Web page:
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Original Issue


Reflections about the Masters, including an assessment of the changes in the course, controversy about the grass and reasons why for the first time in years the winner was not named Nickler

Looking back on the recent Masters Tournament, the first thought that crosses one's mind is that not since Sherman has there been so much strife over Georgia real estate. In particular, there was practically a nonstop dialectic about two new bunkers that appeared on the Augusta National course, to which was added a strident obbligato of complaints about the condition of the fairways.

Even allowing for the fact that the headline makers at the Masters are under persistent pressure to produce newsworthy quotes on almost anything, including the local flora and fauna, it was a little disconcerting to hear Augusta National receive so much verbal abuse. For more than 30 years and through countless alterations, golfers have tended to regard it as one of the superb courses of the world, perfectly groomed, lovely to look at and a privilege to play.

The new bunkers were in the driving areas of the fairways on the 2nd and 18th holes. They had been under consideration for several years, and they were finally installed for this year's championship under the supervision of Architect George W. Cobb. A month before the tournament, Chairman Clifford Roberts issued a press release describing the bunkers and suggesting that if they did not work out quite right they might very well be changed. Well, no sooner had the vanguard of contestants from the previous week's Greensboro Open played their first practice rounds on Monday than a howl went up, primarily about the 2nd hole.

"The one on the 2nd hole is a trap, the one on the 18th is a bunker," said Ben Hogan. That was at the traditional Tuesday night dinner for past champions that is held at the club each year. It is the kind of function where old Masters are not loath to speak their minds. Of the former champions present, only Arnold Palmer and Jack Nicklaus and possibly Gary Player were apt to be seriously bothered by the bunker at No. 2, but the way the oldtimers talked you might have thought the course had been defiled by vandals. When it was finally suggested that Palmer, the tournament's only four-time winner, make a few comments, he took the pragmatic line. "Well, it's there," he said, "so what are you going to do? As far as I'm concerned, I'm either going to go around it or over it or under it or through it or beat it into the ground," which is exactly the way Palmer has been dealing with golf courses for the last 10 years.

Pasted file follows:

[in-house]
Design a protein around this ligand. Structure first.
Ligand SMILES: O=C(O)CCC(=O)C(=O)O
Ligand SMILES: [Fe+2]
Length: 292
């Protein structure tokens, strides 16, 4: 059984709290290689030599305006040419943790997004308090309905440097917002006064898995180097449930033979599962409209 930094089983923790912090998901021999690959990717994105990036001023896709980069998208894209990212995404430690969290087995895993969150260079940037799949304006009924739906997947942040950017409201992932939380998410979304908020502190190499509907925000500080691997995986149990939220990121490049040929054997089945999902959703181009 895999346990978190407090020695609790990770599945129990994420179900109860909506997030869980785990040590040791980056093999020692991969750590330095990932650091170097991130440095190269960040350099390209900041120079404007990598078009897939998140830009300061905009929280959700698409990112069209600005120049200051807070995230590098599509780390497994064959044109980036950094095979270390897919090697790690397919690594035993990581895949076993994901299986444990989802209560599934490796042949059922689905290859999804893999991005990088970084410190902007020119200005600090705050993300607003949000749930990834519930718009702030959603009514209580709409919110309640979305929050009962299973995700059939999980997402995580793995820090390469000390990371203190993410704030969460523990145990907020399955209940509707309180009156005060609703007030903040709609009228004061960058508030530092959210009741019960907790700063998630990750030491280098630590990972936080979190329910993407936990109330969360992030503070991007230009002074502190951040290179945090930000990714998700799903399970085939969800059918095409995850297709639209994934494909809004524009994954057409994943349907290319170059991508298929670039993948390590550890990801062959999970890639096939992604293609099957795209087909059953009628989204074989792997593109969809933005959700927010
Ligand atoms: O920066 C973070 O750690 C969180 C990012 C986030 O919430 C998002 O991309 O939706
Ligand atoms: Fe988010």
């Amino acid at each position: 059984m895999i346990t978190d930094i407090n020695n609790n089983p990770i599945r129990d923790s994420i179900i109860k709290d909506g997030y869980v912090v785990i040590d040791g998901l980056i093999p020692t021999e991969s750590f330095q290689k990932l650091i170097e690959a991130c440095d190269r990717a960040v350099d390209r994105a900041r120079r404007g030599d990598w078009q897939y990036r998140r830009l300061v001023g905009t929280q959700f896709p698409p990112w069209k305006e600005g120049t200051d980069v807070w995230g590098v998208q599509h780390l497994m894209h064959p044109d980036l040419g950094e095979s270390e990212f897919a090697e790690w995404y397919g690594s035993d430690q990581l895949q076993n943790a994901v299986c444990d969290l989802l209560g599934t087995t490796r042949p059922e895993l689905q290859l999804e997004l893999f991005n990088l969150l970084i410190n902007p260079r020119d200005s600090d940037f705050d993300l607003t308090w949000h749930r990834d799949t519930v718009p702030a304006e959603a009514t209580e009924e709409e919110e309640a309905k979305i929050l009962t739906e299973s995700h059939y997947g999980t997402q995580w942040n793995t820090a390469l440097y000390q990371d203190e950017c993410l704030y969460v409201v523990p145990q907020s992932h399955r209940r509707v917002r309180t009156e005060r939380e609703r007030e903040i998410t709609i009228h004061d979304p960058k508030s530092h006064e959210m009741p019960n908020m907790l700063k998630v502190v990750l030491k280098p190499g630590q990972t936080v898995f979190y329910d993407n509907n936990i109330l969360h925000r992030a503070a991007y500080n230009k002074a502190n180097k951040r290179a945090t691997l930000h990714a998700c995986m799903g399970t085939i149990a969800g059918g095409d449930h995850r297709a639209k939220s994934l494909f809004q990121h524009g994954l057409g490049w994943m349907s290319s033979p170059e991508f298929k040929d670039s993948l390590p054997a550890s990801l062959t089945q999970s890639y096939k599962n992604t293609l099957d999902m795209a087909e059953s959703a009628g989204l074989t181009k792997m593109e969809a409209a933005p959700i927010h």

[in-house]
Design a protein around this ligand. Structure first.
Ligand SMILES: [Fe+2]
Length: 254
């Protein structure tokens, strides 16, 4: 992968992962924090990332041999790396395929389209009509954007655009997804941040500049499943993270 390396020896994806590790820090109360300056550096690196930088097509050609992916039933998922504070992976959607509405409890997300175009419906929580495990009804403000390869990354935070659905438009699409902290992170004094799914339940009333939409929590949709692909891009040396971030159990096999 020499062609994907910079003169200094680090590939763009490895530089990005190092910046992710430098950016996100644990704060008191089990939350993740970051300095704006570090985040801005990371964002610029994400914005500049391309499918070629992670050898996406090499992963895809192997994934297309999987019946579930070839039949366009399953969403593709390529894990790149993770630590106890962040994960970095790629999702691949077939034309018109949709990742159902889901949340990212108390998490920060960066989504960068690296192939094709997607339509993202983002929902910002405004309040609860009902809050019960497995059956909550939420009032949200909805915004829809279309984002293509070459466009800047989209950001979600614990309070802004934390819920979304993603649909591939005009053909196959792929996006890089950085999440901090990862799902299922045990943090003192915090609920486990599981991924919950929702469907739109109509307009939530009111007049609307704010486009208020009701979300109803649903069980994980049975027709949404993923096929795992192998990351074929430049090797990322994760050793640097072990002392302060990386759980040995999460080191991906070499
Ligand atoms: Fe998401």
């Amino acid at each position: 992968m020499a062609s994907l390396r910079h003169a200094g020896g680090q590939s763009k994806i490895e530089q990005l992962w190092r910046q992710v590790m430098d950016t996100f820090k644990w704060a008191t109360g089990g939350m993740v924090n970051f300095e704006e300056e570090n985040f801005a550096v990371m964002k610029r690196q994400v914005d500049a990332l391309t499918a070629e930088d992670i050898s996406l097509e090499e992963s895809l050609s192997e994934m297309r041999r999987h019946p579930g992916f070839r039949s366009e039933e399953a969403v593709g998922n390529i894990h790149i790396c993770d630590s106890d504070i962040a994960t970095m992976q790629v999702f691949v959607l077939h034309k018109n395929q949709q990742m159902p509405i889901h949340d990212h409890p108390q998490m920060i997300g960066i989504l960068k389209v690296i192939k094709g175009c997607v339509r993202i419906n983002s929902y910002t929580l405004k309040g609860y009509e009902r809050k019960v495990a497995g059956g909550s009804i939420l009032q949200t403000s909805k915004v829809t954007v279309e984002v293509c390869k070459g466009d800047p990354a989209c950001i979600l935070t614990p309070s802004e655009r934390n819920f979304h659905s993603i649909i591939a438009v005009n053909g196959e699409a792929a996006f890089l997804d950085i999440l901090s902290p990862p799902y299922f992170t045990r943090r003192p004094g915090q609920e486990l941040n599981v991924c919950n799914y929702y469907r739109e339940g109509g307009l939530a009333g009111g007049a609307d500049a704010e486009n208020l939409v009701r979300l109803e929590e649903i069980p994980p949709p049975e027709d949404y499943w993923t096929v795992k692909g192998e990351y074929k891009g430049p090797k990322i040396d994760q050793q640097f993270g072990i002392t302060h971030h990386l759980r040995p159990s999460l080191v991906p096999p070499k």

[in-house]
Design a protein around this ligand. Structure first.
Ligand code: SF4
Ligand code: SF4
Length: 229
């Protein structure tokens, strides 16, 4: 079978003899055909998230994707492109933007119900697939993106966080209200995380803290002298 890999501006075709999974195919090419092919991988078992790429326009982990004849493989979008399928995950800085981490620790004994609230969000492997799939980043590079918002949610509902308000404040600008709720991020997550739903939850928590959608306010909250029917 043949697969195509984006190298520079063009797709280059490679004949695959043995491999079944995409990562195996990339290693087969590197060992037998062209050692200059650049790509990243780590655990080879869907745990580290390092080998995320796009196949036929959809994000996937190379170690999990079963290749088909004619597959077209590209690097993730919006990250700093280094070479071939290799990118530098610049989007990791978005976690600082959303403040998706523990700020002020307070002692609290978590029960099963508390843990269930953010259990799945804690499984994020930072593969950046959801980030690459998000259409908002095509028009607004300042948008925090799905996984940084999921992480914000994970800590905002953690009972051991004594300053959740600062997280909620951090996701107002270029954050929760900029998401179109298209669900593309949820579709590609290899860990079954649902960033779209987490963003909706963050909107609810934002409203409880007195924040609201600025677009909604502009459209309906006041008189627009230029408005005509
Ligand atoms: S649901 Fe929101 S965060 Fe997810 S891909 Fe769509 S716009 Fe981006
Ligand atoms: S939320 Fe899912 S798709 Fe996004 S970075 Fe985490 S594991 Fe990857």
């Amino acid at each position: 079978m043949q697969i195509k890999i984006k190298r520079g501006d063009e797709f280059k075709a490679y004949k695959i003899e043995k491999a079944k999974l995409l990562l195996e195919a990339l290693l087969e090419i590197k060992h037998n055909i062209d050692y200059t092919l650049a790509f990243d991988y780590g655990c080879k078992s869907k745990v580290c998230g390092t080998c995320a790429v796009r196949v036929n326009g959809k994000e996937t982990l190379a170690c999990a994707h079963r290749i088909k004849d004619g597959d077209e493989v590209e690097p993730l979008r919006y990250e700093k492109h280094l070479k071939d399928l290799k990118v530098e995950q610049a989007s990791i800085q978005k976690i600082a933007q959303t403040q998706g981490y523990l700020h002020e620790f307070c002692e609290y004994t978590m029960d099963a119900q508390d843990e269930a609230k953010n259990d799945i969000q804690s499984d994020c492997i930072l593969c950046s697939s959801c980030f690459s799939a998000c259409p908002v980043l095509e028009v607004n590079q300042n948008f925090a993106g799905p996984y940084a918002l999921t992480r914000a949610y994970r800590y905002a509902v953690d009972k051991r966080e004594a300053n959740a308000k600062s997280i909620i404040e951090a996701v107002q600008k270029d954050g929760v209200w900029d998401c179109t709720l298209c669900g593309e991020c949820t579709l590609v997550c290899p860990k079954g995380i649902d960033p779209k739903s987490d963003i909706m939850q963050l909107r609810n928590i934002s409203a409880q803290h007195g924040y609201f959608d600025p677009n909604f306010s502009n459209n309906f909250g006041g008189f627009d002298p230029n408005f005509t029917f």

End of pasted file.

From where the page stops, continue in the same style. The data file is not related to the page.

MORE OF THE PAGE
At the Masters it is axiomatic that the place to get your birdies is on the four rather short par-5s. Of these, the 555-yard 2nd is the longest, but it is downhill all the way, and last year it yielded more birdies to the leading players than any but the 13th. The trick was to get the drive over the crest where the fairway takes a downhill turn to the left. The shorter and chancier route was to flirt with the large pines guarding the left side of the fairway, and that is still the only way to get to the green in two. The safer play was to drive into the wide-open spaces on the right and hit the second shot short of the bunkers fronting the green.

But into this safe-driving area went the new bunker, a deep gouge of sand with a towering white face. Of all the golfers at the Masters, it is doubtful if any but Nicklaus could fly a drive over this bunker under normal conditions—a carry of better than 265 yards. Everyone else now had the choice of risking the narrow lane between the bunker and the trees on the left or playing short. Once again the cry was heard that Augusta National was being tailored to help Nicklaus and Palmer. But this did not prove to be the case. The bunker was equally troublesome for all. Because it extends across the entire right half of the fairway, it may leave too narrow a passageway to the left, but it certainly serves its purpose. Henceforth, birdies at No. 2 will be rarer.